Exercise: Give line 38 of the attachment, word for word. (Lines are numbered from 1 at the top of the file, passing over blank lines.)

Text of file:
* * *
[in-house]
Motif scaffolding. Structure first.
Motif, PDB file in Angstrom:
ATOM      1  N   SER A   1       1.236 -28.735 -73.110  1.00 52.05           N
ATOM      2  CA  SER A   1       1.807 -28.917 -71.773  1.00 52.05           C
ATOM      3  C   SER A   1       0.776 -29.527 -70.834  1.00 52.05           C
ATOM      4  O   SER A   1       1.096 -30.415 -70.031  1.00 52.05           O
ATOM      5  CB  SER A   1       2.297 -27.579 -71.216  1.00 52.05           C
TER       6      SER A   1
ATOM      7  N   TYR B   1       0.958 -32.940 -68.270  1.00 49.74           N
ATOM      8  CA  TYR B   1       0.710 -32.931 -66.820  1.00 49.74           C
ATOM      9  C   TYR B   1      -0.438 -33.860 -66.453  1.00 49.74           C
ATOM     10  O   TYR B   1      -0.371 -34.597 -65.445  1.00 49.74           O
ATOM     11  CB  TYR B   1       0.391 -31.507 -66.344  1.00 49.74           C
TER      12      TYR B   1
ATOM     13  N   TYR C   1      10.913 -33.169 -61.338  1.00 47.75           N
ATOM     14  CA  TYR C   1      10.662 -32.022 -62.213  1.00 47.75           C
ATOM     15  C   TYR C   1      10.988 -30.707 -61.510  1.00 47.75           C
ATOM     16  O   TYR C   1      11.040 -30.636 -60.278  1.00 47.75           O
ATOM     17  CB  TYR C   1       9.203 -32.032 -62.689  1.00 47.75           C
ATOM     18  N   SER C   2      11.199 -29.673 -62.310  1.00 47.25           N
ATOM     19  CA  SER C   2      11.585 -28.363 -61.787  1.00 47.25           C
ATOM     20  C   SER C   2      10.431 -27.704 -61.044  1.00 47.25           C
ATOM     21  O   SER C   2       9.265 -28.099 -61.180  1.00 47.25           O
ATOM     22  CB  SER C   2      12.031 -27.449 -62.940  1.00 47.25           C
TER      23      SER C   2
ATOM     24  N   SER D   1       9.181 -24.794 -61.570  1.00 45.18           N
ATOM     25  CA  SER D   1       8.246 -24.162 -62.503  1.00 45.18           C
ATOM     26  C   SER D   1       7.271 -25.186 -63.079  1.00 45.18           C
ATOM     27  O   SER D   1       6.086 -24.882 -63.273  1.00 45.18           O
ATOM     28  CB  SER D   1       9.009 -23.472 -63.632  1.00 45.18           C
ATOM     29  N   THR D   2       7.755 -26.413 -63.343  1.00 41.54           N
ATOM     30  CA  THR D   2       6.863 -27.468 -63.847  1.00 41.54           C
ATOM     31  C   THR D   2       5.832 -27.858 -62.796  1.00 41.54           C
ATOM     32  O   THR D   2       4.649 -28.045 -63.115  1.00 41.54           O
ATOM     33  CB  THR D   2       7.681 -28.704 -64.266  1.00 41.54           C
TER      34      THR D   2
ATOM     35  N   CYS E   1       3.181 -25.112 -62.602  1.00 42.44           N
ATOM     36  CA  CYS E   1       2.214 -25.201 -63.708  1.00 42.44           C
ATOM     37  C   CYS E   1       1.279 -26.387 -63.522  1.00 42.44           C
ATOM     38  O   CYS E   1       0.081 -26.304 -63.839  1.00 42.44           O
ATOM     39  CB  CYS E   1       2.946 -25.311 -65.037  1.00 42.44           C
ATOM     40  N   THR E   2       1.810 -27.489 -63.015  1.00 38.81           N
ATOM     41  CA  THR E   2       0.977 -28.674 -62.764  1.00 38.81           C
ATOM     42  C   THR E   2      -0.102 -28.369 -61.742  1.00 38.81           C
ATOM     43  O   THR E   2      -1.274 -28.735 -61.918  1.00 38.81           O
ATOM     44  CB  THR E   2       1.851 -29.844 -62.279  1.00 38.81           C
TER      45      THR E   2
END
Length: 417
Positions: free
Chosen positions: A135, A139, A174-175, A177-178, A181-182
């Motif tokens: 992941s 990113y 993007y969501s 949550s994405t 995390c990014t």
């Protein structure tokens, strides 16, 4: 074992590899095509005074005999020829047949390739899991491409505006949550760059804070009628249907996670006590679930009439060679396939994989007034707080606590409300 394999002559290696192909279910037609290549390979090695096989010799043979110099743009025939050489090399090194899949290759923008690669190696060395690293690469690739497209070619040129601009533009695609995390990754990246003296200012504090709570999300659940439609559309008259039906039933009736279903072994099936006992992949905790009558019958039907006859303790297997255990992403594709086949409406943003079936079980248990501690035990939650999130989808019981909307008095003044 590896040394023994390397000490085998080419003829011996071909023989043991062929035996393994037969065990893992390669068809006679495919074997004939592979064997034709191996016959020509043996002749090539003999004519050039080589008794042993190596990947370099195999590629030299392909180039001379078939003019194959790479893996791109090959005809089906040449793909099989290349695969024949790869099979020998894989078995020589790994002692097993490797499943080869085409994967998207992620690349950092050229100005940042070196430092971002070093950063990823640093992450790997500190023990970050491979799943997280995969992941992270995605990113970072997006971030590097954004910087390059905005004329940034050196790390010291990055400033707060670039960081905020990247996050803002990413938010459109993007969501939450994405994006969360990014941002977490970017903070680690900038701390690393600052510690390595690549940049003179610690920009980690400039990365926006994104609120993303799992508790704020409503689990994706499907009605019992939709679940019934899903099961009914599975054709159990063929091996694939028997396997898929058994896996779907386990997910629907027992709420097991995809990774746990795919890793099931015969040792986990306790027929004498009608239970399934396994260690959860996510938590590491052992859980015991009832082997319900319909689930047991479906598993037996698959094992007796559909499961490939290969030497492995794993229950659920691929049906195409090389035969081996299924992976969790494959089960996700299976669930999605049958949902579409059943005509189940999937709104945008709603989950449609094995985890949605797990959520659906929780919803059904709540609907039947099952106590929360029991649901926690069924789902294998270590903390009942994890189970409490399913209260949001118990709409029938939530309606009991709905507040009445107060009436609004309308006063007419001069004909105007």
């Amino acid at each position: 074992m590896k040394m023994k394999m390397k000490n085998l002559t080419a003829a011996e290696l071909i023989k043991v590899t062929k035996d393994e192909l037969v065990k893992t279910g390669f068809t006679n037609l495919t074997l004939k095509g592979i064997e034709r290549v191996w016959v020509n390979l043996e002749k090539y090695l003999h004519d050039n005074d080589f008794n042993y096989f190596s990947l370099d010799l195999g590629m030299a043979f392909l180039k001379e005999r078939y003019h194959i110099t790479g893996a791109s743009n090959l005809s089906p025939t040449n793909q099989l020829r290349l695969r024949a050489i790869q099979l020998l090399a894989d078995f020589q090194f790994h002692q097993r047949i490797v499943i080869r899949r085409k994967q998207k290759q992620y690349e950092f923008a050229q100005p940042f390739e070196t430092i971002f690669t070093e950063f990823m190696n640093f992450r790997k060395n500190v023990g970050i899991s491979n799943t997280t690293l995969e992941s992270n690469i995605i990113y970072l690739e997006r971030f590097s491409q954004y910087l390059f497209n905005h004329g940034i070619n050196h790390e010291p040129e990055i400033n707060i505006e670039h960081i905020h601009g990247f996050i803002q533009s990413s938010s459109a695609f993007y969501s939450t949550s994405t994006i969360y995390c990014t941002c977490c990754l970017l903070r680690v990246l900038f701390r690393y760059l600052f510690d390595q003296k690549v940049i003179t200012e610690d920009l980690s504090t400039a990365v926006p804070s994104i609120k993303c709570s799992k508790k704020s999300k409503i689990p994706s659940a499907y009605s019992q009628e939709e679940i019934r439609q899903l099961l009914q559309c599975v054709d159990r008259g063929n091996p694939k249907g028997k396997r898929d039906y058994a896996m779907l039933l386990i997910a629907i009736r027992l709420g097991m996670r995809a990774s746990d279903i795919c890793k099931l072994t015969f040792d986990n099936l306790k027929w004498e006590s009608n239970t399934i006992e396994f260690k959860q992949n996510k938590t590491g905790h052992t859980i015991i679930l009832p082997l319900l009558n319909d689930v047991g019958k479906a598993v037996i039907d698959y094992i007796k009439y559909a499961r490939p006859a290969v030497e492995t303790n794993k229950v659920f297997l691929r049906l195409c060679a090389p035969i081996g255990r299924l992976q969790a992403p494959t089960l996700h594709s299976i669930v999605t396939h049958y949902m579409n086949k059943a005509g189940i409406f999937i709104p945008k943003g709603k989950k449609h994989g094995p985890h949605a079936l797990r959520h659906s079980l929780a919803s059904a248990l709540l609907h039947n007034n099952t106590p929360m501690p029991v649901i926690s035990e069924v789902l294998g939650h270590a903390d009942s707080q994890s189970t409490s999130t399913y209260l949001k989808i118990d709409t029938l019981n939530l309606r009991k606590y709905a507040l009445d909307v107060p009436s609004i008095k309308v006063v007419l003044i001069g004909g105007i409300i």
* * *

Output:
ATOM     35  N   CYS E   1       3.181 -25.112 -62.602  1.00 42.44           N